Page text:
Under the heading "Changes in kidney function during intercurrent illness"(1) mention must be made of the risk of acute kidney injury when nonsteroidal anti inflammatory drugs(NSAIDs) are prescribed for acute gout, the latter complication(the equivalent of "intercurrent illness") sometimes documented as a consequence of diuretic use in congestive heart failure(CHF)(2). Coprescription of NSAIDs, diuretics, and angiotensin converting enzyme inhibitors(or angiotensin receptor blockers), so-called triple therapy, is associated with increased risk of acute kidney injury(rate ratio 1.31, 95% Confidence Interval 1.12 to 1.53)(3). This was shown in a nested case-control study which enrolled patients in whom hypertension was the indication for prescription of diuretics and/or angiotensin converting enzyme inhibitors(or angiotensin receptor blockers)(3), but might be equally applicable in the context of CHF. Additionally, among CHF patients who have a drug regime which includes spironolactone, the use of NSAIDs might increase the risk of hyperkalaemia. The rationale is that NSAIDs "interfere with the stimulatory effect of prostaglandins on the release of renin"(4). The risk of hyperkalaemia may be compounded by concurrent use of beta adrenergic blocking agents(4).
    For all the above reasons, NSAIDs should be contraindicated in CHF patients with gout. The recommended alternatives include colcichine(5) and intraarticuoar corticosteroids(6), resp...

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  • Re: Sub-optimal cholesterol response to initiation of statins and future risk of cardiovascular disease

    We are grateful for the comments by David P Foley, Zoe Harcombe and Uffe Ravnsker on our paper.

    Both American and UK guidelines for the treatment of cholesterol,[1,2] recommend monitoring percent reduction in low-density lipoprotein cholesterol (LDL-C) among patients initiating statins as an indication of response and adherence. Our recently published paper [3] examined LDL-C reduction among patients initiating statins in the real-world setting.

    With regard to the points raised:

    Why didn’t you analyse the possible reasons for the observed ‘findings’?

    Our study was not designed to establish causality so we are unable to analyse possible reasons for the observed findings. We are, however, undertaking further research to establish these latter.
    David P Foley notes in his response, ‘it is already well proven that only moderate to high dose statin therapy has a proven biological anti-atherogenic effect’. However, it is important to avoid any erroneous impression that patients are started on low dose statins in primary care. As shown in Table 1, most patients in this study were actually prescribed moderate and high potency statins (70.9% in the sub-optimal responders compared to 81.8% in the optimal responders).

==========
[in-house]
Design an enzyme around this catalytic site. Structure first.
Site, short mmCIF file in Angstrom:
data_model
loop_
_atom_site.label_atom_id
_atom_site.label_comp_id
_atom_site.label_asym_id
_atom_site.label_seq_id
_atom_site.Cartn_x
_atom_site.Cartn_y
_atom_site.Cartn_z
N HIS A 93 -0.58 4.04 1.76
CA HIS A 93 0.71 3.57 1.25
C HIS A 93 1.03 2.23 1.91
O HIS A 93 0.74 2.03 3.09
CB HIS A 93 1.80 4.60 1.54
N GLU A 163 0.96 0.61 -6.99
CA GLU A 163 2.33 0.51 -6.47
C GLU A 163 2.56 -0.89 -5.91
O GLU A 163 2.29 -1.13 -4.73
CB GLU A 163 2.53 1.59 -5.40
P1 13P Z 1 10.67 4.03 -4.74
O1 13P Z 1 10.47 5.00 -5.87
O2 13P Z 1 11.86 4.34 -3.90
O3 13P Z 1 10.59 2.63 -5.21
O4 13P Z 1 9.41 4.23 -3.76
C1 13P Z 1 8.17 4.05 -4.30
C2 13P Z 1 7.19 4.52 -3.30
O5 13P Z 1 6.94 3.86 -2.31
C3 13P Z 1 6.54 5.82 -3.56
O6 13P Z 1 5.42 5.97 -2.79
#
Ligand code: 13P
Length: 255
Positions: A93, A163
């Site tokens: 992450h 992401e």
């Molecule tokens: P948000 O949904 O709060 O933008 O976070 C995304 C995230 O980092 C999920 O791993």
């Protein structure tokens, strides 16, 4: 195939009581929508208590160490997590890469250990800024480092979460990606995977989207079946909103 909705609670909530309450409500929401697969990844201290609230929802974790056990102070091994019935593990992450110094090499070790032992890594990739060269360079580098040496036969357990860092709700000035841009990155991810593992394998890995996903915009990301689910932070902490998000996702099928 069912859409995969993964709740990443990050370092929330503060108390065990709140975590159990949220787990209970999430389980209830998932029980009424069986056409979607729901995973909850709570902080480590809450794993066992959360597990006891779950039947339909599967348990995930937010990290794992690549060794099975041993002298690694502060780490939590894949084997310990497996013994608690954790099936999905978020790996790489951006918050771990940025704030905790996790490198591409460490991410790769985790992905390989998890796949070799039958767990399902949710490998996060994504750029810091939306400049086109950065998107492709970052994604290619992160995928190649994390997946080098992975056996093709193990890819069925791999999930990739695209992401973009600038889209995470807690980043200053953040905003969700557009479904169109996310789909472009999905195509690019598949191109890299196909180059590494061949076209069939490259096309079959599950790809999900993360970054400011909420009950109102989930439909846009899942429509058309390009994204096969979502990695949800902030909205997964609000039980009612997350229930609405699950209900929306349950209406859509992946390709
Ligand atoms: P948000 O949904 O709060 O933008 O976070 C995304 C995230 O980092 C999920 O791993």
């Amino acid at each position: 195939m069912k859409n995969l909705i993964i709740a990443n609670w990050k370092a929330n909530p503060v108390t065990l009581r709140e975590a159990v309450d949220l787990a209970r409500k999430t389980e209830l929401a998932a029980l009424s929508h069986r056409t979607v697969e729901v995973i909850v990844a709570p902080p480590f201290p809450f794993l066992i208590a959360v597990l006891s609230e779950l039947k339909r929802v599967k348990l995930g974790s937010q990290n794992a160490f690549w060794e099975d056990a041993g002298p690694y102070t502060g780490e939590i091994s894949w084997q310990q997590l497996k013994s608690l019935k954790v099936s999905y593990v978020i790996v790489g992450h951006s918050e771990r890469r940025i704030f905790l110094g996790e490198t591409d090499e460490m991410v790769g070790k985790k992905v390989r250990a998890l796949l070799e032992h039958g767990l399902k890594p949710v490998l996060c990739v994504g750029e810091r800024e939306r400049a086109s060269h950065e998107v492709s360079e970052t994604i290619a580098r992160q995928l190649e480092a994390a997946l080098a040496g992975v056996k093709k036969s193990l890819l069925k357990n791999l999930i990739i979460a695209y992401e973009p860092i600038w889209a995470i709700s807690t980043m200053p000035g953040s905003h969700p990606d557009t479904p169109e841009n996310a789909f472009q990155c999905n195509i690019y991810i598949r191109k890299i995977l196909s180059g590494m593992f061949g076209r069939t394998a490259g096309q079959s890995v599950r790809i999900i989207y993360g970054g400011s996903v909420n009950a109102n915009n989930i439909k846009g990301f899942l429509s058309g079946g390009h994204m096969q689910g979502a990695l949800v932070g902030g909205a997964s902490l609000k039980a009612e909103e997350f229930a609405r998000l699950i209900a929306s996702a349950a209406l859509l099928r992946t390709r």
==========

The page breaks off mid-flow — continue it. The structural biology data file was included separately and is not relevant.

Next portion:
A study by Vupputuri et al,[4] examined LDL-C reduction and adherence among high-risk patients initiating statins in a real-world setting using electronic health records of 1,066 patients in the US. Of patients with high adherence...

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  • Why didnt you analyse the possible resons for the observed 'findings' ?

    This study has already been inappropriately quoted in the media which is what the public read and misinformation is propagating. The authors need to take some responsibility for failing to point out that the dosing of the statins prescribed (most likely archaic low dose simvastatin) isn't analysed and long term compliance isn't addressed in this ' primary prevention population based longitudinal non interventional study'
    Cardiologists are going to inundated with questions from patients with coronary disease on statins who have misinterpreted information which is incomplete and misrepresented - the title of the study needs to be highlighted 'Initiation of statins' is well put and needs to be remembered. The study cannot address the 'ongoing management' of cardiovascular risk with appropriate cardiovascular investigation of patients and optimization of preventative strategies as this study does not address this crucial aspect.
    It is already well proven that only moderate to high dose statin therapy has a proven biological anti-atherogenic effect so that low doses initiated in general practice are actually ineffective and this is what the study shows NOT that statins are ineffective but that medical practice of blanket prescribing of low doses of statins is ineffective without monitoring of response and ongoing titration to achieve evidence based targets. This omission from the conclusions needs to be corrected and it ne...